Years ago when presenting candidates to hiring managers I was able to get the hiring managers on the phone and verbalize the presentation, create the interest and nail down the interview. At times I would get a request for the resume and agree to faxing it (remember those times?) after the interview was set. Most of the time though I was able to assure the hiring manager the candidate would bring the resume with them to the interview.
Things have changed over time though and I have either lost my touch or have caved to the request of a resume, many times, before the commitment of an interview. I also have to use that new fangled technology called email. More times then not I get “email me the resume.” What’s with this new mind set and use of technology anyway?
I find over the years that hiring managers seem to have become busier, more difficult to reach and many are newer hiring managers with different mind sets of managers from the past. Their companies have developed recruiting departments that support their hiring needs and hiring managers can now and many times prefer to be hands off on the hiring process. To them it has become somewhat automated. We now, more often than not, end up dealing with HR. Not necessarily a bad thing, just more likely to deal with the “send me the resume” issue.
This has impacted relationships with long standing clients where relationships are strong and with new clients when developing relationships. They receive many unsolicited recruiter calls that cause them to become more impersonal, prefer not to talk and with caller ID are more likely to not take your call. They almost prefer to not be bothered by their or “another recruiter” and voice mail will likely take the call. Having a close relationship with hiring managers where they take your calls, or return your messages, and give you the time to get what you need from them is becoming a thing of the past.
So, in today’s recruiting environment, where in many cases I would say we have more limited relationships with hiring managers than we had in the past, what is a good recruiter to do? We do want give the best presentation possible for our candidates, get some good positive attention and secure an interview.
Well, the process that works best for me is I interview every candidate I present to a client, no exception. I need to know they are qualified for the position and if I don’t know my candidate I can not expect to do an excellent presentation of them to the hiring manager. I always check to see where the candidate has applied and/or sent their resume to avoid duplication and embarrassment (sometimes “stuff” happens though). All candidates know where their resume is going. The only exception is “cart blanche” candidates where I am marketing them. On “cart blanche” candidates they find out after the fact because if I am talking with a hiring manager and they want to see the presentation I want to strike while the iron is hot.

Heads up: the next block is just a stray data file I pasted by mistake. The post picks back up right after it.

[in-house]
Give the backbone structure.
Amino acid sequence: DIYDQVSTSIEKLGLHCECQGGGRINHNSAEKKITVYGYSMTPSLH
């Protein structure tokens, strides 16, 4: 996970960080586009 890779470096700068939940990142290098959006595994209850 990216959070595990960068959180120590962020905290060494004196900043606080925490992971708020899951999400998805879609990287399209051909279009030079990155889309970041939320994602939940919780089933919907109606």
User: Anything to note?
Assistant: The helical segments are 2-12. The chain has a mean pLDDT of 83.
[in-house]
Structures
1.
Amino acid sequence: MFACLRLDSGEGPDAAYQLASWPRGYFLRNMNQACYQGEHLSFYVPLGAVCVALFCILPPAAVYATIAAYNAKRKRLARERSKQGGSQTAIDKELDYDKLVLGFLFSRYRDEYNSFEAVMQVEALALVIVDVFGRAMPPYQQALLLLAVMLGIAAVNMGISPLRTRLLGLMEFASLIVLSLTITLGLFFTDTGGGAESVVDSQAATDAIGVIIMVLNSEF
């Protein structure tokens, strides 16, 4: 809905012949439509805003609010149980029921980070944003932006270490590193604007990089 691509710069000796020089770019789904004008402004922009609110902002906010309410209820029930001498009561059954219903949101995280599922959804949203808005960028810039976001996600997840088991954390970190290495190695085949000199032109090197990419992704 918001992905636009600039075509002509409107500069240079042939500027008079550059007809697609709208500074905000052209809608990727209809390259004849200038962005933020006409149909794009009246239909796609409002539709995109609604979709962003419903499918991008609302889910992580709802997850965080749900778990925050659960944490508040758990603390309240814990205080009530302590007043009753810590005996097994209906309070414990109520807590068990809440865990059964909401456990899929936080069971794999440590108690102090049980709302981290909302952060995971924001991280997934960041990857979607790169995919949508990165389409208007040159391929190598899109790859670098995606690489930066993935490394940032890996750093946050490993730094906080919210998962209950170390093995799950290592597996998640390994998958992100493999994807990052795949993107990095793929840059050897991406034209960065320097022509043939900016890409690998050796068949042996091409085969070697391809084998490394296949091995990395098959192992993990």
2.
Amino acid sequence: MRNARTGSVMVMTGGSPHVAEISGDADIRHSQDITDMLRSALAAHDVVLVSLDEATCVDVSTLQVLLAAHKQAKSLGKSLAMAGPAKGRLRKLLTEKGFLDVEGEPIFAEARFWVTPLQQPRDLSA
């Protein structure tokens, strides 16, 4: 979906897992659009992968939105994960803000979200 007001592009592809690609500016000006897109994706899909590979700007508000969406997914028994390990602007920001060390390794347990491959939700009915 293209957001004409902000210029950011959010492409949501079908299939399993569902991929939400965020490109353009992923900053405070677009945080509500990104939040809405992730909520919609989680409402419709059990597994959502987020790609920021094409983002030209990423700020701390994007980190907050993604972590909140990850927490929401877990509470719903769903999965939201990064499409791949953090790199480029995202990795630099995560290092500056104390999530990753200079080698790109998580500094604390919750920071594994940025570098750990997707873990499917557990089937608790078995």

The career summary I develop is page one of the presentation (usually only needs to be one page) with the resume being the following pages. That summary is what I call the recruiter cover letter to the resume. The career summary typically has the following content (can have some change ups and variations based on circumstances):
Why the candidate is looking: It is not an objective, just fact, direct and to the point.
An overview of their relevant scope of experience, skills and accomplishments: I set this up in bullet format for an easier and quicker read. I also want to draw the hiring manager in quickly so they do not get bored and lose interest. It looks better too.
Strengths: I make sure they are their functional strengths and relevant (not something like team player or work ethic, which I get a lot).
What is their greatest accomplishment: Relevant being best and getting the most attention.
I like to know and add what their past managers would say are their greatest attributes: This is not a reference; just what they think would be said about them.
Availability: I want the client to know availability to interview and when the candidate can start.
I reformat, not change content, of the resume to match the summary (bulleting, dressing up, etc) and when they are merged, walla, I have my candidate presentation.
This does not take much time, speaks of the candidate’s qualification for the position and assures the hiring manager you know your candidate. And, if you are good and conscientious, you are not just throwing paper around.
So, the career summary is developed to support the candidate’s experience, skill set, accomplishments and addresses relevancy. It is intended to draw the hiring manager into reviewing the resume. The resume is reformatted (dressed up if you will) to compliment the summary. The two merged become the “PRESENTATION”.
Every candidate is presented this way and it works. I have received compliments on this process from hiring managers. Those that have not complimented have definitely not complained or made adverse comment. HR likes it too because the summary is a separate page they can upload as a cover letter into their database. The resume, being stand alone, is an easy and clean upload as well.
When presenting candidates and faced with the “send me the resume” scenario this is how I get hiring managers attention. On the occasions I can not reach a hiring manager where they have me working on a search assignment, I take the liberty to leave a voice message indicating I am emailing them a candidate. When able to verbally present my candidates I can back up the verbal with this written presentation for the hiring manager to use during the interview.
This works for me and is how I go about making my “Candidate Presentation” – That First Impression!